I’ve definitely got “find cross-promotion partners” on my to-do list for our games–congratulations on the results of your Pocket Frogs cross promotion! I also think it was a great idea to use your LinkShare referral code.

    And for everyone else interested in running their own mailing list, I also found that MailChimp has a great offering and it starts off free. For your first 1,000 subscribers, it’s completely free so definitely worth checking out.

  3. Thanks for the info!

    Instead of using URL schema, I’d think a shared (private) clip board would be a simpler and probably more robust approach to this kind of inter-app communication.

    • Hi Benjohn,

      Do you know where I can find any info on a private clipboard? I wasn’t aware that apps from different companies (with different initial bundle ids) could share any data on the iPhone.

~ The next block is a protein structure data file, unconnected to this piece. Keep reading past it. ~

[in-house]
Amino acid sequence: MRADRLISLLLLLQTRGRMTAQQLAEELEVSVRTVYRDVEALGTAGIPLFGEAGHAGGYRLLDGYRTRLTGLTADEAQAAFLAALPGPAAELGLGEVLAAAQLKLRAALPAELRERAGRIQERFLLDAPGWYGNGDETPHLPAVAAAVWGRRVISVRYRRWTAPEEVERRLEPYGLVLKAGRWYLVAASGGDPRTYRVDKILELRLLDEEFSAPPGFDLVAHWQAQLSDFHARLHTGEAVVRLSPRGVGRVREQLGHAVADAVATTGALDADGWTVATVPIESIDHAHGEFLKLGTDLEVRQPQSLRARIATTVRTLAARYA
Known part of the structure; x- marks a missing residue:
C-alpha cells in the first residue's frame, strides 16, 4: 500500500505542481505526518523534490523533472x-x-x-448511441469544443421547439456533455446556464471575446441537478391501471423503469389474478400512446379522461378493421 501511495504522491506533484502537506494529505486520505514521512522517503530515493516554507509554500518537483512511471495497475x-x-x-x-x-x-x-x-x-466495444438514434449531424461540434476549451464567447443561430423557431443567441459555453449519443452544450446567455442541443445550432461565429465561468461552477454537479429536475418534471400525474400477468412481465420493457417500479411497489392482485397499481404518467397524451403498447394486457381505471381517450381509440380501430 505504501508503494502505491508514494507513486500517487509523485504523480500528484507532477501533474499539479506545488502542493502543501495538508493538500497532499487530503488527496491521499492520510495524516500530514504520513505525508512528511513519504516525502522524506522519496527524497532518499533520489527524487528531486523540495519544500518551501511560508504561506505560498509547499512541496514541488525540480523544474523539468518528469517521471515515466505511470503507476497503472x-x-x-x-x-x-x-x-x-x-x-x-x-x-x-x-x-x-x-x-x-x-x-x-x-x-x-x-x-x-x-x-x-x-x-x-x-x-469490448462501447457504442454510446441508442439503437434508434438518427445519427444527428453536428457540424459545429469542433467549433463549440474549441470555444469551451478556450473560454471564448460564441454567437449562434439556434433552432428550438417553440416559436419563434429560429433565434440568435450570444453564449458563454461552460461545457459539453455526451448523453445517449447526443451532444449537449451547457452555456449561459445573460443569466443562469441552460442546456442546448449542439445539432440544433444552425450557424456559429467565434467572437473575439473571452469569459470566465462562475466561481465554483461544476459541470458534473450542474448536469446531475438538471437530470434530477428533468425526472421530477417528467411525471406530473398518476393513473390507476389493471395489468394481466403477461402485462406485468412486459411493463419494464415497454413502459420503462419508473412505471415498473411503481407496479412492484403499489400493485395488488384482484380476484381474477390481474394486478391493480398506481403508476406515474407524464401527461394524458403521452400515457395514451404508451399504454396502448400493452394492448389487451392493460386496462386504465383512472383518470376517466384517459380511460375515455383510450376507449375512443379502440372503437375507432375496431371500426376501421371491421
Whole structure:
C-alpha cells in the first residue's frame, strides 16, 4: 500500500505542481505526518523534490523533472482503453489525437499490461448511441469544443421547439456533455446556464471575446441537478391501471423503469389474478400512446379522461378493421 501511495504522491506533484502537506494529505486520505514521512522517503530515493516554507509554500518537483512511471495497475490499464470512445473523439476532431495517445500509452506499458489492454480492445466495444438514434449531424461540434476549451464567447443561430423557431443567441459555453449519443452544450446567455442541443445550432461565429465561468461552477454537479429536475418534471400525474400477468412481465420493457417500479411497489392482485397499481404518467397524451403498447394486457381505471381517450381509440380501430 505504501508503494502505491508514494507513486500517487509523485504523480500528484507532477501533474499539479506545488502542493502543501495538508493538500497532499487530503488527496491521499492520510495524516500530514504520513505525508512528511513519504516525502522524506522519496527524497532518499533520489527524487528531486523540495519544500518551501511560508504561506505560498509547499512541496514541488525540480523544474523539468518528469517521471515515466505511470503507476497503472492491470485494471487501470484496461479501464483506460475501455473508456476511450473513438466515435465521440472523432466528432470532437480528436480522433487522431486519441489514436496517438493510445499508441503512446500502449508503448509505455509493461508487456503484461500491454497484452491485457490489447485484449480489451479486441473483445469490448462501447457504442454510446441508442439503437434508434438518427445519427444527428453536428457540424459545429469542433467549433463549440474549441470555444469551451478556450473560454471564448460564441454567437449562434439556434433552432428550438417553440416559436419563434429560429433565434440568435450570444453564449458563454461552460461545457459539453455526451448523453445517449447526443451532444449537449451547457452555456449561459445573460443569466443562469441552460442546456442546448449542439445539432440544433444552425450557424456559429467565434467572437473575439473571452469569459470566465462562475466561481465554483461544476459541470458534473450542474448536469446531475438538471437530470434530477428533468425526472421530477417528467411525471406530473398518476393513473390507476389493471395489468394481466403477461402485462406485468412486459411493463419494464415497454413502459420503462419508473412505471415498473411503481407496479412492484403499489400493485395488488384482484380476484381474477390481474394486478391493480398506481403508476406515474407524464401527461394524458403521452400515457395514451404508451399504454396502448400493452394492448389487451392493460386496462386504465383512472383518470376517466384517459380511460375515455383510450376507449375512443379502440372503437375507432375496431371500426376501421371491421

4. I find awesome the Cross-Promotion idea. An very interesting example of how the union makes the force. Many thanks for share these real cases, Noel!

  5. The Halfbrick guys implemented a kind of “What’s new” section in their App’s…they even apply small red badges “1” over applications to notify there is something to read.

  6. Knowing that I almost never read email from any game publisher do you have any way of tracking that your email mailing list is effective?

  7. I first read this as “Communicating With Prayers”… I need more sleep!